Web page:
HVDC transmission serves mostly wind and hydro power, not solar


A new technical report details the capabilities of high-voltage direct current (HVDC) transmission and describes about 20 HVDC projects globally that are designed to transmit wind power and hydropower. Only a few projects to date are designed to transmit solar power.

HVDC transmission over long distances costs less than alternating current (AC) transmission, said Cornelis Plet, vice president for power system advisory at DNV, on a webinar describing the report. That’s because while an HVDC line has a higher fixed cost, due to the need for a converter at each end where it connects to AC transmission, as shown in the image below, it has a lower cost per mile.

HVDC technology diagram showing converters

Image credit: The Brattle Group

Plet served as one of two senior authors of the 204-page report, along with Johannes Pfeifenberger, a principal with The Brattle Group consultancy.

The American Council on Renewable Energy (ACORE) said in a statement that the U.S. is “lagging on HVDC transmission deployment” and recommended deploying HVDC transmission “to deliver significant reliability, market and operational benefits.” ACORE, one of six report sponsors, also hosted the webinar.

Pfeifenberger, presenting a map (below) of existing and proposed HVDC projects in North America, highlighted the Pacific DC Intertie, completed in 1970 to bring hydropower to Los Angeles, but noted that most of the HVDC projects are in the planning stages, as shown in red. Most of those, he said, are proposed by merchant transmission providers and offshore wind developers, not grid operators, although the CAISO grid operator in California is pursuing HVDC.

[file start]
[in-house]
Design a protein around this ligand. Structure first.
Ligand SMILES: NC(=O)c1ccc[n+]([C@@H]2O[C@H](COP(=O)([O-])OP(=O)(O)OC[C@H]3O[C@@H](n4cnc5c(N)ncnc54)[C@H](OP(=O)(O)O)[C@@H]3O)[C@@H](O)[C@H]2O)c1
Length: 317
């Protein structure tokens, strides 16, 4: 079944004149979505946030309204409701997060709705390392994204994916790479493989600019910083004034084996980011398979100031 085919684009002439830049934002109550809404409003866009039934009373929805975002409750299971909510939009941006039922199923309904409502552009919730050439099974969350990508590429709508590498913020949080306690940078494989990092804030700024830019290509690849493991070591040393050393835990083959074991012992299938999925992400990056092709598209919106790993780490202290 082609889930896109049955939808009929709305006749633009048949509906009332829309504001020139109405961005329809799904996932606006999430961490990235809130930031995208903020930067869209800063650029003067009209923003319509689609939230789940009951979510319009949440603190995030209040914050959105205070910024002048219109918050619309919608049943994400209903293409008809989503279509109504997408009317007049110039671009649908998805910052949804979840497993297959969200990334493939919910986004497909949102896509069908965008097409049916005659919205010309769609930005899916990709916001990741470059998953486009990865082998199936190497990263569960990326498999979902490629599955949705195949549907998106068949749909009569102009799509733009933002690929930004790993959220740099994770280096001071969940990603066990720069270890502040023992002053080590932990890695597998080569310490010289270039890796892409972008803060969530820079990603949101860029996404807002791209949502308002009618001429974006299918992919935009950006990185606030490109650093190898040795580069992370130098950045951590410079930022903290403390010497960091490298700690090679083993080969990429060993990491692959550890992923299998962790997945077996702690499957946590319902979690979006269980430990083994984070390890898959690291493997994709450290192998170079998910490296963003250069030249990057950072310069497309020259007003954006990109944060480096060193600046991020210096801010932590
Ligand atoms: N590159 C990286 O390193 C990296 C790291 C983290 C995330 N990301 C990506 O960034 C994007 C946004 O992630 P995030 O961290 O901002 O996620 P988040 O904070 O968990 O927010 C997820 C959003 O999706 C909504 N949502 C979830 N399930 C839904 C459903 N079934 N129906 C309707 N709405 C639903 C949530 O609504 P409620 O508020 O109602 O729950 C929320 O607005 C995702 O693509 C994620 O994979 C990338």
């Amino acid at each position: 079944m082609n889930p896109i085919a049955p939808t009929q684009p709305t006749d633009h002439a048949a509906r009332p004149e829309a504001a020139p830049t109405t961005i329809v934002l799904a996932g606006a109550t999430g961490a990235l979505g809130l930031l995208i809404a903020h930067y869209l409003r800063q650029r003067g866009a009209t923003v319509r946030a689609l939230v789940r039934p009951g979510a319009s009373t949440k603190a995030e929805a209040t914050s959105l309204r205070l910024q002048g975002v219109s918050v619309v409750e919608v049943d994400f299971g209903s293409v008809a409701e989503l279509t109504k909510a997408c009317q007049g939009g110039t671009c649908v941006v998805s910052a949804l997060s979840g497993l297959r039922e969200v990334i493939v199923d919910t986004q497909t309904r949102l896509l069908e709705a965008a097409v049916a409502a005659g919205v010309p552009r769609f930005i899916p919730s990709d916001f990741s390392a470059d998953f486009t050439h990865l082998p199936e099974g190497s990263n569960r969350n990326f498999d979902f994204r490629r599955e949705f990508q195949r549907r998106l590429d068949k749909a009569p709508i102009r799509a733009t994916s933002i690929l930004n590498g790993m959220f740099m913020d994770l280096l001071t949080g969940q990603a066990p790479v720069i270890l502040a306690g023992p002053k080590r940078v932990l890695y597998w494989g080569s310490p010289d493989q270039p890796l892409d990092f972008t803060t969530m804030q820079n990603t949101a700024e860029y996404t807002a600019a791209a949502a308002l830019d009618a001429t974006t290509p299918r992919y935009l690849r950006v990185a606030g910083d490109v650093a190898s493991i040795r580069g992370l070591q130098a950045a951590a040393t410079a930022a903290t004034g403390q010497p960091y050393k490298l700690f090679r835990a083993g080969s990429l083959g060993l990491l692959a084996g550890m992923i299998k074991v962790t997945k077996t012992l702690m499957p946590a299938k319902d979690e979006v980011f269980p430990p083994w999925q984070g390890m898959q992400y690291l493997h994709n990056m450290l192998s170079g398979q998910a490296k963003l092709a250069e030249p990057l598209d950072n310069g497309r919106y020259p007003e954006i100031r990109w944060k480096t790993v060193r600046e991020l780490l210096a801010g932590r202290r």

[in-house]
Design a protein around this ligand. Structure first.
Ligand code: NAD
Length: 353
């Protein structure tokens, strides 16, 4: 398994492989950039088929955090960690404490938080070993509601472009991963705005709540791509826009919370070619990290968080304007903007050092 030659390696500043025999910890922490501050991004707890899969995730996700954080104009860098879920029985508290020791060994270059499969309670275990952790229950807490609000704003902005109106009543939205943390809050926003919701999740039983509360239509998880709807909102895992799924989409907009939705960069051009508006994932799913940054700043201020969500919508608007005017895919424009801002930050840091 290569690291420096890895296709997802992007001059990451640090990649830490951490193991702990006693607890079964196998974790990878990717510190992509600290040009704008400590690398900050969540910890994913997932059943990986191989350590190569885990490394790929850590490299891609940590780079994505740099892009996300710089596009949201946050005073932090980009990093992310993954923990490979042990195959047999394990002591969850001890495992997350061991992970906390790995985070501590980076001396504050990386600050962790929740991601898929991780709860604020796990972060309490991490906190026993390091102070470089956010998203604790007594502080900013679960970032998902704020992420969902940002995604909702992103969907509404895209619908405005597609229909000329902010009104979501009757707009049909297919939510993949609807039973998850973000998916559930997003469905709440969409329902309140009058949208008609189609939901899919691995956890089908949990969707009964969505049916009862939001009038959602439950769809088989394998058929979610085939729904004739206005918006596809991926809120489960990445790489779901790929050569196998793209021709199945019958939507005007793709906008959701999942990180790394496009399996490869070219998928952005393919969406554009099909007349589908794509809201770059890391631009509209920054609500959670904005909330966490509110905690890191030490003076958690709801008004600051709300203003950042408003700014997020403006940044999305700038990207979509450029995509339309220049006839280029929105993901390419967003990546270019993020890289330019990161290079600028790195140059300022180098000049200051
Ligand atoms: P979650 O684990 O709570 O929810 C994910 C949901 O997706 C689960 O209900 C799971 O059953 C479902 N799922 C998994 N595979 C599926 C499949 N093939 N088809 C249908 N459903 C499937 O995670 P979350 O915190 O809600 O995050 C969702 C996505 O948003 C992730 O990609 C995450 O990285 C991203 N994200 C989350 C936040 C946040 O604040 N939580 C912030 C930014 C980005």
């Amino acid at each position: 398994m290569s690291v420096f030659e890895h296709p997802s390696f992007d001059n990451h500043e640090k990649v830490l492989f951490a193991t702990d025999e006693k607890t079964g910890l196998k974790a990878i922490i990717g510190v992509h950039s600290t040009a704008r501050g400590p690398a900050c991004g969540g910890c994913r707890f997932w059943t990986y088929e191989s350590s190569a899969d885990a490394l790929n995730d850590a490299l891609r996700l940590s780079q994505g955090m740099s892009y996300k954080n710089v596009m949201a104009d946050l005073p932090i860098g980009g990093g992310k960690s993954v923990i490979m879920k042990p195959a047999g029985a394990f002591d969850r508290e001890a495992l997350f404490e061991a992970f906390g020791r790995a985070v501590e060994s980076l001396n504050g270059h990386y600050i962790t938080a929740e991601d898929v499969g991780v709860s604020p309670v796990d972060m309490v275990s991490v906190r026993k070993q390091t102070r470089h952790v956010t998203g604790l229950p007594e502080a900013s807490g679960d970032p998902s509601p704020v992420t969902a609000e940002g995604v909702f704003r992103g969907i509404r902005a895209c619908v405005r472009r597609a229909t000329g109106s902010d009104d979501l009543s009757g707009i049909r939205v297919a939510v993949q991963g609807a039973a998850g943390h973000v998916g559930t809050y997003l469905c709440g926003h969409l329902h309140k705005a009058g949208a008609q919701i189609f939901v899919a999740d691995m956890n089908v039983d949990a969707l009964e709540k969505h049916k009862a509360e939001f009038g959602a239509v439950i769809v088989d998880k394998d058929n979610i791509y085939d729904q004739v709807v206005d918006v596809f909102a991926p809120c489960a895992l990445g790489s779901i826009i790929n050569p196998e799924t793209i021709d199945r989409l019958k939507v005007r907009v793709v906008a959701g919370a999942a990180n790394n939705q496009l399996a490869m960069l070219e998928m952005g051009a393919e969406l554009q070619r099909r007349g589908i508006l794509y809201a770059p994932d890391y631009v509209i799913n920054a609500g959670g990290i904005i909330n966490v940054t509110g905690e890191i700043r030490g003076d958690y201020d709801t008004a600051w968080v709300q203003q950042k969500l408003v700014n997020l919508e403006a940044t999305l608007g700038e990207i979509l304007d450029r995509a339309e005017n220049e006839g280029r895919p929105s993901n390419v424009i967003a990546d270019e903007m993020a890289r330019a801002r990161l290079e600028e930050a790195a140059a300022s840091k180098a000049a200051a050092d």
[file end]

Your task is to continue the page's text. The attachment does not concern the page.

North American HVDC Image credit: Jim McCalley, Iowa State University

Most of the proposed U.S. HVDC projects are focused on transmitting wind power, both onshore and offshore. The map also shows some hydropower transmission projects in the Northeast and a few intertie projects to connect the Eastern, Western and Texas interconnections.

The report lists five challenges to HVDC deployment. To address the challenges, the report makes nine recommendations that it says could be implemented through collaboration among grid planning authorities, transmission owners, HVDC equipment manufacturers, the North American Electric Reliability Corporation, industry groups, regulators, states, and the U.S. Department of Energy and its national labs.

The National Renewable Energy Laboratory’s “Interconnection Seams Study” showed that HVDC transmission could economically transmit solar power from sunnier U.S. regions to less sunny regions, but that adding HVDC transmission would not result in more solar capacity overall. Rather, it could lead to more solar development in sunnier regions but less solar development in other regions, leaving the total approximately unchanged.

Globally, however, Plet of DNV said that several HVDC lines to transmit solar energy are being planned between Africa and Europe, such as Xlinks and Tunita, while the Sun Cable link is planned between Australia and Singapore. “More such links are being planned around the Middle East,” he added.

The report by The Brattle Group and DNV is titled “The Operational and Market Benefits of HVDC to System Operators.”

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